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The Famous Bear Hunting Dogs

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The bear hunting dogs vary in breed and type—from the AKC recognized hounds to the primitive breed known as the "Karelian Bear Dog" of Finland that has an ancestral history, which began over 2,000 years ago. But the basic hunting breeds are different into hounds, water dogs, and terriers. And all of them have been bred over the years to assist their owners in bringing home food for the family. Each breed of hunting dog has a particular set of skills, such as the bear hunting dogs, that allows them to hunt a certain type of game. Stamina is not the primary skill even though it is highly important—but the ability to pick up a scent and stay with it, in addition to see exceptionally well, all play a heavy part in making good bear hunting dogs.

The hounds are the most popular bear hunting dogs for the stamina they exhibit to hunt bear. The hounds are of the sight or scent groups, or the scent and sight skills together. The Irish Wolfhound hunts big game and the Norwegian Elkhound hunts elk and moose, but the Rhodesian Ridgeback, also known as the African Lion Hound, hunts large game, such as bear, deer, elk, and moose. Also used for bear hunting dogs are the Plott hounds and the Walker hounds.

Bear trapping and the use of bear hunting dogs has become controversial in certain areas, as expected with the viewpoints of present-day animal protectionists. Trappers and hunters view this form of political control by such groups as a personal attack on historical and traditional way of life, with unnecessary chipping away at their individual rights. They argue that this method is a safe and effective way of killing bears, rather than letting the bears become large in number and threaten society and human populations. The Maine bill, Legislative Document 1635, bans recreational bear trapping in Maine, while allowing bears to be trapped for scientific research, animal damage control or public safety--even though the traps are the same as what hunters use. The ban would remove three types of bear hunting—bait, hounds, or traps—all methods used by hunters alone.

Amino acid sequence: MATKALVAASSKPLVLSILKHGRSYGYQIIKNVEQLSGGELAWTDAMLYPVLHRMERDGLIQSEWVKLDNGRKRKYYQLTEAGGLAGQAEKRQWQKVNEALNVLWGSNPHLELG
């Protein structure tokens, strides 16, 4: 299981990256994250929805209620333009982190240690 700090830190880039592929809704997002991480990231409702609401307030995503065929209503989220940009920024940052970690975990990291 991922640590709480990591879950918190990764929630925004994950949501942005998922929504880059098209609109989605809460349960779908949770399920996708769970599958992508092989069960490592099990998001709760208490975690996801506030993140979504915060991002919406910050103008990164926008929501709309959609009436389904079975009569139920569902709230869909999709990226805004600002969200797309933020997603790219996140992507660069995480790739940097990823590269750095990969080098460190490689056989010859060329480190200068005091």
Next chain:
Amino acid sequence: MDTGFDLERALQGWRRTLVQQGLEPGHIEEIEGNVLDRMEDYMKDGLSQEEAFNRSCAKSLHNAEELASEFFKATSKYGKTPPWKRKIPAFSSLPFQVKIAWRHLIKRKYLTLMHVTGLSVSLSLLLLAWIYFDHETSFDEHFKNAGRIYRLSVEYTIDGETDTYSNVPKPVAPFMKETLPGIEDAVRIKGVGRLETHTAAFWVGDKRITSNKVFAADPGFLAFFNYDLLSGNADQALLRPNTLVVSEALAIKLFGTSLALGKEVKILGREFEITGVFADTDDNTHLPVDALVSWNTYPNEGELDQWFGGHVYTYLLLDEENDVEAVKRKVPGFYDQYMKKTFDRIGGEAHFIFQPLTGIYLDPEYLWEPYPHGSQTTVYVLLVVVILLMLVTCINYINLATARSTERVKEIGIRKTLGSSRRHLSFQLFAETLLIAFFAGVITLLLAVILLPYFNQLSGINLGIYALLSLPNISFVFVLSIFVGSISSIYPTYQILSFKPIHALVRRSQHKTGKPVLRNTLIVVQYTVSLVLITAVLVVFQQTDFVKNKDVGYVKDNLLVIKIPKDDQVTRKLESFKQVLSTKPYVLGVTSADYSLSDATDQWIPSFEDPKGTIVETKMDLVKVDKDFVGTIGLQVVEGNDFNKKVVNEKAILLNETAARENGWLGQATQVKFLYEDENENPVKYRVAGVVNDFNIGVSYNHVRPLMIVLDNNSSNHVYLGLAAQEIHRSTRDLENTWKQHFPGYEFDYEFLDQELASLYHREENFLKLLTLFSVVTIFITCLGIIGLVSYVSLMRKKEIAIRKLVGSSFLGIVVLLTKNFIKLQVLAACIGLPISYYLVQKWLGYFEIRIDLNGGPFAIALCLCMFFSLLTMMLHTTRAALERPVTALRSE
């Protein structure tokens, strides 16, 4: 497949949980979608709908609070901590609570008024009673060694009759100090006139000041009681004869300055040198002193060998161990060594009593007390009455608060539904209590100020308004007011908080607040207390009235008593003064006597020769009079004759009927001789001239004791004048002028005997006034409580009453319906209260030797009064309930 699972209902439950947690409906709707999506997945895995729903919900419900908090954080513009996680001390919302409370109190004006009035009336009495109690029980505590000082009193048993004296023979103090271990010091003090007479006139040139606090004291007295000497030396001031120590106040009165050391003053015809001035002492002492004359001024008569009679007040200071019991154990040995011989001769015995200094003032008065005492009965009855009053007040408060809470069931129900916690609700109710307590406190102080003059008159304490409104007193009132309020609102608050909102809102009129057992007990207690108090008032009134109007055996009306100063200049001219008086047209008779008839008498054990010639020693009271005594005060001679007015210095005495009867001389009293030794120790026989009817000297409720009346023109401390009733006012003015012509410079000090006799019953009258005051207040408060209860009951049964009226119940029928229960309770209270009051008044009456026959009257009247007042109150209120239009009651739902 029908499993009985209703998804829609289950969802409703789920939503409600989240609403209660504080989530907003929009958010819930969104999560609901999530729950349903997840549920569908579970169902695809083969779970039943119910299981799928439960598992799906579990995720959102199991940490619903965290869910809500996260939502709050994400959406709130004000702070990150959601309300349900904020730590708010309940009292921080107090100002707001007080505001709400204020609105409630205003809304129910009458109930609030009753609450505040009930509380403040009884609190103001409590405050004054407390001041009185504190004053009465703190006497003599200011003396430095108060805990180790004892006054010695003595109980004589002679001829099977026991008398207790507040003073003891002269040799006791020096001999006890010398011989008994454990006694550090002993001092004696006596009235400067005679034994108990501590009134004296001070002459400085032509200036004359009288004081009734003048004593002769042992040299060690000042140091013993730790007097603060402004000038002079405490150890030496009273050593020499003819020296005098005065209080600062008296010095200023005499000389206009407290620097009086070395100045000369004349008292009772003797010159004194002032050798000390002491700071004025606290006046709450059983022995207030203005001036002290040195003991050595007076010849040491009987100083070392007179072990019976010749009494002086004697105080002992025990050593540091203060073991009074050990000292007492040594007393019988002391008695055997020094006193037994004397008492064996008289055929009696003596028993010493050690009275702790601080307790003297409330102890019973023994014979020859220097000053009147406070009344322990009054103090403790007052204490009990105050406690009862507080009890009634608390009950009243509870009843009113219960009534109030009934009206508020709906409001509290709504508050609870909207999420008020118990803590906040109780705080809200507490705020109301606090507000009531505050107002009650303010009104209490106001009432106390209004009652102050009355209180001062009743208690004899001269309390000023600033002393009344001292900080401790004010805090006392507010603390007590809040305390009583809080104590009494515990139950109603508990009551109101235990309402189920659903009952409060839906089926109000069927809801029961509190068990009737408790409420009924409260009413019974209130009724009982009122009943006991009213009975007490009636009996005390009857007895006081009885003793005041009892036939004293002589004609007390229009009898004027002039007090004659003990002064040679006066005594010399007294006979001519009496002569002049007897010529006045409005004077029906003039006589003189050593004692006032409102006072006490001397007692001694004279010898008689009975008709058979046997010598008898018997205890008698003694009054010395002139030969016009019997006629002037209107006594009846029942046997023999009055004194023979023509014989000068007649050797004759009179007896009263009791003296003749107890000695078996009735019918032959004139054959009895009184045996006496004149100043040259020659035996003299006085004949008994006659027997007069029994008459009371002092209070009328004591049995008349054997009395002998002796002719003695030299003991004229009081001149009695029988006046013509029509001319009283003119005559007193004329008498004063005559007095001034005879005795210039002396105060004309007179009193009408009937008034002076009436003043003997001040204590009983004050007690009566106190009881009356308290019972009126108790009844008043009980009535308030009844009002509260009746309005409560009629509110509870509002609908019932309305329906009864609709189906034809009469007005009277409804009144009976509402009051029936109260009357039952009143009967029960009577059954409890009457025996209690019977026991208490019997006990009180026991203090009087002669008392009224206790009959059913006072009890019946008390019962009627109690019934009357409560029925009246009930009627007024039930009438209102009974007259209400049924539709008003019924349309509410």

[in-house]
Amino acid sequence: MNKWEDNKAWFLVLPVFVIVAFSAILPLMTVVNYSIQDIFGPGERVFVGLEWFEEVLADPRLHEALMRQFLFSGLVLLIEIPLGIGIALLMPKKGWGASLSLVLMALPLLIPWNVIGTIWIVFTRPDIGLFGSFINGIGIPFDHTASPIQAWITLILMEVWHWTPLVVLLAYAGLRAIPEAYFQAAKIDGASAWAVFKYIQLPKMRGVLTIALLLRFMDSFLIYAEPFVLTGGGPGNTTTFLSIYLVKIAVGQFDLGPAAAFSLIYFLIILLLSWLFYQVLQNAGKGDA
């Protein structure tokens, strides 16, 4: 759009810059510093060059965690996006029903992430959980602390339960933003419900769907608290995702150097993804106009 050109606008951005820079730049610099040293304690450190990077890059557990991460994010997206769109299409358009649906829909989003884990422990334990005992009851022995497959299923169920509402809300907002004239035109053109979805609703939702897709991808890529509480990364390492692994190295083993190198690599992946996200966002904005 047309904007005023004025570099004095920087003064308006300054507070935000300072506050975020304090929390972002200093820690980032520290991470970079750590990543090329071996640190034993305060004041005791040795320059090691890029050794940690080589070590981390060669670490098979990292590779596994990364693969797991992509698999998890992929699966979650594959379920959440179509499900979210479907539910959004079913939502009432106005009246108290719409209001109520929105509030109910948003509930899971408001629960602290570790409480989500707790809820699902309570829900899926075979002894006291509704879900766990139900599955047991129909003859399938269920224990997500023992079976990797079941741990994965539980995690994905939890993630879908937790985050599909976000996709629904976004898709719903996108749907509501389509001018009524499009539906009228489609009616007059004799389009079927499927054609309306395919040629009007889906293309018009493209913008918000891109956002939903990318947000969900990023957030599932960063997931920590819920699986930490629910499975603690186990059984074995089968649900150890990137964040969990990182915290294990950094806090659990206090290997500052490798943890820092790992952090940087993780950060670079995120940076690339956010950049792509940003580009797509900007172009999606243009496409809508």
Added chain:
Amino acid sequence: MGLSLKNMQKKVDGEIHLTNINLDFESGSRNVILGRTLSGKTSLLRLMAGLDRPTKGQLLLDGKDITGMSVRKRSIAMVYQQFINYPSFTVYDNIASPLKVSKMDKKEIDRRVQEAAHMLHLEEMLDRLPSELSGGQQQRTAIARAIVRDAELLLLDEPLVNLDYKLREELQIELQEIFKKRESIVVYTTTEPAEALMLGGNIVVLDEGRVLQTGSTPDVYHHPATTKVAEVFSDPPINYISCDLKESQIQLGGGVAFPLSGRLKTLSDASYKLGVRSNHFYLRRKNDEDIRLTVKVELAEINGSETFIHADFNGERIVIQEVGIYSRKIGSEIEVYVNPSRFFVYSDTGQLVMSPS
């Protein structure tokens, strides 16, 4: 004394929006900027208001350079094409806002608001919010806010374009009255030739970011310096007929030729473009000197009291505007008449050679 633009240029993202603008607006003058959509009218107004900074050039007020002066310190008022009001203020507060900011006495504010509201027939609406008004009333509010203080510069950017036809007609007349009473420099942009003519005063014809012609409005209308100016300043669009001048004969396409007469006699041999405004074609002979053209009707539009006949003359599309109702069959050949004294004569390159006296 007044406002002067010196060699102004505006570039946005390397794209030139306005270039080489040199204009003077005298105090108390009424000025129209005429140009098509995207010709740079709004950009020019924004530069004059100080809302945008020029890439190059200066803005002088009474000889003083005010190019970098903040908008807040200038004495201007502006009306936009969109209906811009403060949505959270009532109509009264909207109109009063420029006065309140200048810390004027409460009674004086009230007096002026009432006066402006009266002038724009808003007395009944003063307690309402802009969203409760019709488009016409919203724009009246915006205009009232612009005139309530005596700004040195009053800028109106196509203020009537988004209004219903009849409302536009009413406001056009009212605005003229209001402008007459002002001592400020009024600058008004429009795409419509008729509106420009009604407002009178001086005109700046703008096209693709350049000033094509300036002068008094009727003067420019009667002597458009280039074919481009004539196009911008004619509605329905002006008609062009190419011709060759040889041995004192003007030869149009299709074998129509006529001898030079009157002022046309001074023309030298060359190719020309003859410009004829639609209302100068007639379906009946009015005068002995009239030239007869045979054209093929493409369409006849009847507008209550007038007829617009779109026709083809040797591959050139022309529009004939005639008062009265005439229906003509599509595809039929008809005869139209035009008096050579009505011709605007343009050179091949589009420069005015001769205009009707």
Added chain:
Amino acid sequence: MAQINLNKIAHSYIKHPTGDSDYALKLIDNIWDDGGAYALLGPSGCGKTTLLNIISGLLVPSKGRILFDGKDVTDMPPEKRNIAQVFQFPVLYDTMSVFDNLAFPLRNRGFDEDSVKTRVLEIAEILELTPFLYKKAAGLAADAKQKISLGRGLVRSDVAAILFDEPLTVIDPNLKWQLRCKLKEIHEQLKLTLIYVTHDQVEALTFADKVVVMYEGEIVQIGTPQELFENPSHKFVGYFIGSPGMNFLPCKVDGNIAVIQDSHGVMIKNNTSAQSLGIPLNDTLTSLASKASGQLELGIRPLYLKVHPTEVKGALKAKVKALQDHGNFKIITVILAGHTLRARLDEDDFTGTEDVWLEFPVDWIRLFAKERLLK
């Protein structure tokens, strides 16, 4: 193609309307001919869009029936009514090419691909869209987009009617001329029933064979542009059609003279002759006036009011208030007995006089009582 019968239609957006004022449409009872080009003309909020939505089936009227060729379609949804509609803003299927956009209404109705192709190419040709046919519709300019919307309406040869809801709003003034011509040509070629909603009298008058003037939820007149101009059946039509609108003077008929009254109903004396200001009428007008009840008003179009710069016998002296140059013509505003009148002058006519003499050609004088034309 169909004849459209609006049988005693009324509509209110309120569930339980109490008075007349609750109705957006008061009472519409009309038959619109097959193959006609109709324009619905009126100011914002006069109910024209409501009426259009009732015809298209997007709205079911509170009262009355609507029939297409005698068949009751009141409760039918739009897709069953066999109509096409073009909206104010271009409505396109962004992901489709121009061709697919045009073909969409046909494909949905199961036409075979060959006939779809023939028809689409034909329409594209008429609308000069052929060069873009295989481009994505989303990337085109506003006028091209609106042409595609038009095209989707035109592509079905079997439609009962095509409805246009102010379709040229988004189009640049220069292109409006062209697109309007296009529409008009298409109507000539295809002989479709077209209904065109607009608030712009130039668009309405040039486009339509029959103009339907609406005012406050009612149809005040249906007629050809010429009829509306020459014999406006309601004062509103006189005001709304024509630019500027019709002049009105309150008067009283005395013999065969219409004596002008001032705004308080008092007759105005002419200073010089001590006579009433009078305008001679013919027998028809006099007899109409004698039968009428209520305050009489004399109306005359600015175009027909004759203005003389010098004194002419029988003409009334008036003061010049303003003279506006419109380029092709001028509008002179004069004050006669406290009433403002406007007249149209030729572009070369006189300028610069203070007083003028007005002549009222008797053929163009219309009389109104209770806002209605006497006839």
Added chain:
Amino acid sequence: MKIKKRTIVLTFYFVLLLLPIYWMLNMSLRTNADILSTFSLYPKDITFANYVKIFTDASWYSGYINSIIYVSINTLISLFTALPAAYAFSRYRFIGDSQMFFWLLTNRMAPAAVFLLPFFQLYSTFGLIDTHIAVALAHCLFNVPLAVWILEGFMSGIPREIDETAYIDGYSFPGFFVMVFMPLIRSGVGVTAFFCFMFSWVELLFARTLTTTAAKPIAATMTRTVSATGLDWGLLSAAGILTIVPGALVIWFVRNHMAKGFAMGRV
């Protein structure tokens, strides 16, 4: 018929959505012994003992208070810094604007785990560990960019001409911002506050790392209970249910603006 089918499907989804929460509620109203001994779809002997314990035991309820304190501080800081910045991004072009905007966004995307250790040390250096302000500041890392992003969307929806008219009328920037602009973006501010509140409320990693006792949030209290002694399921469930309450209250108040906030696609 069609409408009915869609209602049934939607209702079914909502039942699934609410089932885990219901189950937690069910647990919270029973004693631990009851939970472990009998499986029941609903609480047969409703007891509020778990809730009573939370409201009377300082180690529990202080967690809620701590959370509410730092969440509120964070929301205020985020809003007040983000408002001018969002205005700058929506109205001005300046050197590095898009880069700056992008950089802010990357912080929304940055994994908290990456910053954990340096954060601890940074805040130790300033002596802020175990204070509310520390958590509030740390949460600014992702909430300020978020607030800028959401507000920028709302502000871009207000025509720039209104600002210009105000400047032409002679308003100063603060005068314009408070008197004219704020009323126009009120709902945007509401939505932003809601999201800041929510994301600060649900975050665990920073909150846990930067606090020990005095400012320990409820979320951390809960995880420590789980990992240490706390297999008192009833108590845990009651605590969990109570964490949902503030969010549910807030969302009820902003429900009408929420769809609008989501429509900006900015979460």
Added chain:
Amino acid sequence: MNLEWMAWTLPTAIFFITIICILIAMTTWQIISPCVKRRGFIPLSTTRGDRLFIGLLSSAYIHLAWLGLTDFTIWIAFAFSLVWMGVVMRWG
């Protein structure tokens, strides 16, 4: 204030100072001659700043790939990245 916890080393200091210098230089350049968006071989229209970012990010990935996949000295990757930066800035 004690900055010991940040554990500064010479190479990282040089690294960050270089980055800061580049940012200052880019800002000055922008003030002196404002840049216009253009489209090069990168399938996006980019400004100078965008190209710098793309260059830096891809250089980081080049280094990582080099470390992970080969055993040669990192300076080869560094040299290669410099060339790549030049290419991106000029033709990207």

Some popular bear hunting areas are Alaska, Colorado, Maine, Minnesta, Montana, New Mexico, and North Carolina that offers professional guides and outfitters for the black bear, brown bear, and the grizzly bear. Licenses are required and some states require tags. A five-day hunt usually begins around $1,250 on up, for you and your bear hunting dogs. Colorado alone boasts an $180 million annual business for hunting, which is being compromised with wildlife management.








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